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Alice's bankers

Re 'We Made A Terrible, Egregious Mistake. There's Almost No Excuse For It' (Report on Business, May 14): JPMorgan CEO Jamie Dimon nailed it with "terrible" and "egregious," but flubbed the "almost" no excuse part. After 2008, there's no "almost" about it.

Read the public's lips: There. Is. No. Excuse. for bad behaviour by the banks. The buck, or rather the shadow of two billion lost bucks, stops at the CEO's desk, no matter how many other executives leave the building.

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When will the bankers get it?

Sam MacKenzie, Vancouver


Is it not paradoxical that a major bank, such as JPMorgan, needs to enter into transactions designed to, in CEO Jamie Dimon's words, "hedge against financial risk, not to make a profit for the bank"?

Isn't it the basic job of a bank to assume financial (in this case, credit) risk? And is it not the job of a bank to make a profit doing so? Instead, according to Mr. Dimon, we have a huge bank taking steps (unsuccessfully) to avoid risk, but not to make profit.

As Alice would say, curiouser and curiouser.

Nelson Smith, Toronto

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Pull hard

Defence lawyer Dirk Derstine brilliantly summed up the defence lawyer's duty in seven words: "to pull one end of the rope"(How It Feels To Defend A Child Killer And The Right To A Fair Trial For All – May 14). Most people, especially the angry and confused public, fail too often to realize that in law there are two ends of the rope.

Douglas Cornish, Ottawa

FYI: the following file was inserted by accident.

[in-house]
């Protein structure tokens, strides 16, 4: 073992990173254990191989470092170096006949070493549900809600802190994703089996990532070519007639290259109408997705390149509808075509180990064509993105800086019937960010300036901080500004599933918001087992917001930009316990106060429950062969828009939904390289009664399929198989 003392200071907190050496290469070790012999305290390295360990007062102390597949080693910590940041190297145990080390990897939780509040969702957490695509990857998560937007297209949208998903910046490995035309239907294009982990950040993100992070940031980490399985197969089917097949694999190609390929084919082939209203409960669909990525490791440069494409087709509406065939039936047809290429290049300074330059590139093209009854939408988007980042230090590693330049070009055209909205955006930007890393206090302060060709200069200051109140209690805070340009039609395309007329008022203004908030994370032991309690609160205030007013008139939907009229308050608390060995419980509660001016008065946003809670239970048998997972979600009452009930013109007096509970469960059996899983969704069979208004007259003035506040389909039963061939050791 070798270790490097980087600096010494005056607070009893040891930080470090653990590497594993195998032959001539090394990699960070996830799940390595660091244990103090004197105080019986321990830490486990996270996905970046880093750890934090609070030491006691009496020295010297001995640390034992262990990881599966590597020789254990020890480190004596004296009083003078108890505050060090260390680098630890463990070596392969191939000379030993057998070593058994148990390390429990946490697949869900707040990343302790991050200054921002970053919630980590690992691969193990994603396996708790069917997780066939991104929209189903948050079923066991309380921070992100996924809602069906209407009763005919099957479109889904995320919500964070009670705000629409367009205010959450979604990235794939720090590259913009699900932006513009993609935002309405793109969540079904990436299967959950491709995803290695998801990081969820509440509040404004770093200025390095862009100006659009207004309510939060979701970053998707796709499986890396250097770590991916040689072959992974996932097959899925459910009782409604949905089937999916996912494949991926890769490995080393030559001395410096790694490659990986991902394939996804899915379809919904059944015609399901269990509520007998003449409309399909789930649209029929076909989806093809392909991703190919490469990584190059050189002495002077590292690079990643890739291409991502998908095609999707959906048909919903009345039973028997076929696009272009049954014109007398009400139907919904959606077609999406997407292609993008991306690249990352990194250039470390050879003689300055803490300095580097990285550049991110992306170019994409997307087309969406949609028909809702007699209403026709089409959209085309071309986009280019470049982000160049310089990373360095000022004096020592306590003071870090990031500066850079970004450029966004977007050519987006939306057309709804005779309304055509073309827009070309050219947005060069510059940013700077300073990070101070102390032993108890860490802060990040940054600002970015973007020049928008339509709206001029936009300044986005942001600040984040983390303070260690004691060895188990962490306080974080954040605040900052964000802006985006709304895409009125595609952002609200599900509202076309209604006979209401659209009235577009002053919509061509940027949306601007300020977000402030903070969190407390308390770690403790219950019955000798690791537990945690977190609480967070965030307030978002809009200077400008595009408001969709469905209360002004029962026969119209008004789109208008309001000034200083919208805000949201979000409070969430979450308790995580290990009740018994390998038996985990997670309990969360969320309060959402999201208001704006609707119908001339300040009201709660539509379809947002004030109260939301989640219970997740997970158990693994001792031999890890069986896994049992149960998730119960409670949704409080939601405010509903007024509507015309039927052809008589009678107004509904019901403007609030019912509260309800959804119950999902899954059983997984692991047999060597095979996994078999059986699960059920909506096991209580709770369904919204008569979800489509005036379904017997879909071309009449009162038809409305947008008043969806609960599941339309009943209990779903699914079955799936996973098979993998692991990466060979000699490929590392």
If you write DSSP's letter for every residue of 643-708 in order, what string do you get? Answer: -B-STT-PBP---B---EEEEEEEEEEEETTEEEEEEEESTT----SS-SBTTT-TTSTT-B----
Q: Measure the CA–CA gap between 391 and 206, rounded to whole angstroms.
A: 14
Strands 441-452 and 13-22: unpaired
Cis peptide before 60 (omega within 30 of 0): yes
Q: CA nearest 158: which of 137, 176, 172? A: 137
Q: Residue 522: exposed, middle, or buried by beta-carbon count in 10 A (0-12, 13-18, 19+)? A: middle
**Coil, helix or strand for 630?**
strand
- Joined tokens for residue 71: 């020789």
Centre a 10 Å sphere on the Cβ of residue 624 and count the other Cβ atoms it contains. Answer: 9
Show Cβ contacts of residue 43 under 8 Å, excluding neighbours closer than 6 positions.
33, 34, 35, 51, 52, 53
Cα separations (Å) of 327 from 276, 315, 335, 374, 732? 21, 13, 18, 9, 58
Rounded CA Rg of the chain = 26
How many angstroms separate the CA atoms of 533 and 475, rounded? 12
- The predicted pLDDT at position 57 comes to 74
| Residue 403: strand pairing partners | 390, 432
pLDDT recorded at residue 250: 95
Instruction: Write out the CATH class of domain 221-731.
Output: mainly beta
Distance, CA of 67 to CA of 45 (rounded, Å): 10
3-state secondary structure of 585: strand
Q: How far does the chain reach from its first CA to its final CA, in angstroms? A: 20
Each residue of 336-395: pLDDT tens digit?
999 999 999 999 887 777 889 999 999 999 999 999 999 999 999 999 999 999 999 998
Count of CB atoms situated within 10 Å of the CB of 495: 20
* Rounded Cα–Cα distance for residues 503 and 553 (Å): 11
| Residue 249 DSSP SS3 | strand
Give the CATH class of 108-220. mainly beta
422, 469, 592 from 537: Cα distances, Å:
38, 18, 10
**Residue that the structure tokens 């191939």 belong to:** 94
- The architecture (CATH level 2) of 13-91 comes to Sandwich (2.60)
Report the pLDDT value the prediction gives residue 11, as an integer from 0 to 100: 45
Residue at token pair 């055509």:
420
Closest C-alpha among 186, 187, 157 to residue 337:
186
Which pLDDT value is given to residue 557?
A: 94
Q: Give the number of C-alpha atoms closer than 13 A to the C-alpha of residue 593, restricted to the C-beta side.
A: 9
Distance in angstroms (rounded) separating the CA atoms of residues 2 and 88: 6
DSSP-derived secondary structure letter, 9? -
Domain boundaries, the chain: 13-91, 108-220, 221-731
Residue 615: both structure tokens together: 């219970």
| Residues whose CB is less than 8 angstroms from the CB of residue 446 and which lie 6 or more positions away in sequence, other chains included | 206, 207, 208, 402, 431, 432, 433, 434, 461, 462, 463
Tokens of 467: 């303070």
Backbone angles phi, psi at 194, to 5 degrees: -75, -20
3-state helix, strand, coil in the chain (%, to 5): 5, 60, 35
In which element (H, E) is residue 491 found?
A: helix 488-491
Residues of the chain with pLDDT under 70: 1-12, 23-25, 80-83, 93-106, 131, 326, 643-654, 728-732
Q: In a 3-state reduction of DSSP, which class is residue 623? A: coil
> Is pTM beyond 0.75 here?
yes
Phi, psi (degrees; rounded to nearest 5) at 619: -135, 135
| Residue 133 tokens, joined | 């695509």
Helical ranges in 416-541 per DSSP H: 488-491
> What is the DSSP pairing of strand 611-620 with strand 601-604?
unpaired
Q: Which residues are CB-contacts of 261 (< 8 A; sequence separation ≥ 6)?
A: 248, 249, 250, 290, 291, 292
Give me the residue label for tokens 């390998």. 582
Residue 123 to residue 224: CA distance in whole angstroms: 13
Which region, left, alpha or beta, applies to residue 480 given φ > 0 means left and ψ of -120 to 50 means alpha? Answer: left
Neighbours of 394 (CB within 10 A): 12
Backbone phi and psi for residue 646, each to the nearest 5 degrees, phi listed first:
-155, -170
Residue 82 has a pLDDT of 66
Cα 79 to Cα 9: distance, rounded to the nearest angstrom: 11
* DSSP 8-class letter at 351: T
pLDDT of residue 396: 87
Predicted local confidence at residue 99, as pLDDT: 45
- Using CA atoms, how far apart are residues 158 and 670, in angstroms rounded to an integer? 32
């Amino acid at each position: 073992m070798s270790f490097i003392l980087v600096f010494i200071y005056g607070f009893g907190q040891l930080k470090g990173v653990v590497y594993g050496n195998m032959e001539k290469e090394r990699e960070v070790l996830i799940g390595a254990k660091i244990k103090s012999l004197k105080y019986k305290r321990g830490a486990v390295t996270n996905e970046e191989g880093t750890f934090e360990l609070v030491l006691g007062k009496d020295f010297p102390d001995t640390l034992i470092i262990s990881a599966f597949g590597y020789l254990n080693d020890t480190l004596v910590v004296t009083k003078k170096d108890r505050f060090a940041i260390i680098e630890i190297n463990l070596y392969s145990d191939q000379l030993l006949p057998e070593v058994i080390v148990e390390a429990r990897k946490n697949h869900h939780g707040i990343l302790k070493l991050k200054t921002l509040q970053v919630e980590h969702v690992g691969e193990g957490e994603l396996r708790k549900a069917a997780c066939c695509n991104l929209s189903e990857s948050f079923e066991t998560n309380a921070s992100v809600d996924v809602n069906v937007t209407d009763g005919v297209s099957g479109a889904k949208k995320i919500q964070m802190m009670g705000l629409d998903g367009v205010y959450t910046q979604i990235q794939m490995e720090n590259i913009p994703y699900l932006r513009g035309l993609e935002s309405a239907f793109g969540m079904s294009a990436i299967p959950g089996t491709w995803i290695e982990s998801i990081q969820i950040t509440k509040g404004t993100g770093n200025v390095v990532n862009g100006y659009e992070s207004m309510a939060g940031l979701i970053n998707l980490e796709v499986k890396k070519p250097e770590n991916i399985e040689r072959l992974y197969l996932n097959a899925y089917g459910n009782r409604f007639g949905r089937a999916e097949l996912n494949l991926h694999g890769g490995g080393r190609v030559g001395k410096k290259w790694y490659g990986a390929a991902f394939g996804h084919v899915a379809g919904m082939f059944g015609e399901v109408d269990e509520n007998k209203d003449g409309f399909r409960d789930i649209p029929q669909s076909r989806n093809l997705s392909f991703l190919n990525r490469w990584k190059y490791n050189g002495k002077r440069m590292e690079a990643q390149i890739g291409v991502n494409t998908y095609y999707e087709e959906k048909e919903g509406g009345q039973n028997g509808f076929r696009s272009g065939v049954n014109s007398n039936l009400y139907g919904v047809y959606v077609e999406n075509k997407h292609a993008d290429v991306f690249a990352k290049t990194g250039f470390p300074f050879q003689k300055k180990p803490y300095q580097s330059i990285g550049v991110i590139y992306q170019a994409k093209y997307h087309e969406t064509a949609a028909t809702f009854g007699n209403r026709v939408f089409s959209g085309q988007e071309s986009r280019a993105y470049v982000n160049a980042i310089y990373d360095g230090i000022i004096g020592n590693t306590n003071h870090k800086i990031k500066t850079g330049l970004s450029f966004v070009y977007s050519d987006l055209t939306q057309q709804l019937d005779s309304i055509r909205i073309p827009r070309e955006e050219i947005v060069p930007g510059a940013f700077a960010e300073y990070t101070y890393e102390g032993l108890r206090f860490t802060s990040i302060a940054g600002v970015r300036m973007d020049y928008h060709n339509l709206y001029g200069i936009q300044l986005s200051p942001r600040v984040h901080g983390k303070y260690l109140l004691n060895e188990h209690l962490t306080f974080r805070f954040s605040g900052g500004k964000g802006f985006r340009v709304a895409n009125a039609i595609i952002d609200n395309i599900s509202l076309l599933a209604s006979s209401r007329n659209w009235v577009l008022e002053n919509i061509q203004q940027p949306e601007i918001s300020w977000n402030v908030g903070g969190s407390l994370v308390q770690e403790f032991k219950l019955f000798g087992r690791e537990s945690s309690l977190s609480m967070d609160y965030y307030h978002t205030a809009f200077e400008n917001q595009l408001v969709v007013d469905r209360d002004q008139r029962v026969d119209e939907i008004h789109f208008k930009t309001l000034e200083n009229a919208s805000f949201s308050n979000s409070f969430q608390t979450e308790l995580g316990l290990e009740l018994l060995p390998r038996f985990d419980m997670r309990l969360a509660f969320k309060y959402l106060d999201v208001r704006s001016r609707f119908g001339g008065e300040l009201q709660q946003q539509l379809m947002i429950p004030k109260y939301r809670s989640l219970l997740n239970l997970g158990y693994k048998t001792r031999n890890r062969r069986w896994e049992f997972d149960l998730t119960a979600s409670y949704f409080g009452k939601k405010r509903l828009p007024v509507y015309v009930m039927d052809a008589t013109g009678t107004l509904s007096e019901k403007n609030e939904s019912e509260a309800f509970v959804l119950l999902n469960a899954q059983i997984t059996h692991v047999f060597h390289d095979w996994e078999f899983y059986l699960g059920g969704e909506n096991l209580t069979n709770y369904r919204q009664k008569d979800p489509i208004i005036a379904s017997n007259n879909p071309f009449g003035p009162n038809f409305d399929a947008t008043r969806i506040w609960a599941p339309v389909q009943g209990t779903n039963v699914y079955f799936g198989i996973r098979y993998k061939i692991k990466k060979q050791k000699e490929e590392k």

Don't go back

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Premier Dalton McGuinty should not create an environment where physicians do not want to come to Ontario, and where some will want to leave (Ontario Seeks Allies On MD Fees – May 14).

Having said this, the Ontario Medical Association has not done a good job in negotiating fees on behalf of all its members. They have achieved wonderful results for ophthalmologists and interventional cardiologists, but have not done so well for other specialties, such as general surgeons and orthopedic surgeons. Family physicians have never obtained their fair due.

Wait times are down, access to quality care is good, high quality doctors are coming here to work. This is not the time to turn back the clock.

James R. McCarney, Oakville, Ont.


Before computers

Before the computer age (Computer Evolution – letters, May 14), a search warrant for a home would reveal bank statements, returned cheques, credit card bills, telephone bills listing long distance calls (the local calling area was much smaller), letters, notes, photographs, and magazines and books indicating someone's interests. How is this different from the electronic records on a computer?

Elsie Moolgaokar, Toronto


Watchdog, lapdog

Many of the federal officers of Parliament who are supposed to enforce key democracy and good-government laws are unfortunately lapdogs in important ways (Watchdogs Of Parliament Forge Closer Ties – May 12).

The laws they enforce have loopholes that allow for dishonesty, conflicts of interest and other unethical activities, excessive secrecy, and waste of the public's money. None of the officers can penalize anyone who violates the key rules they enforce. They can bark by issuing reports, but can't bite.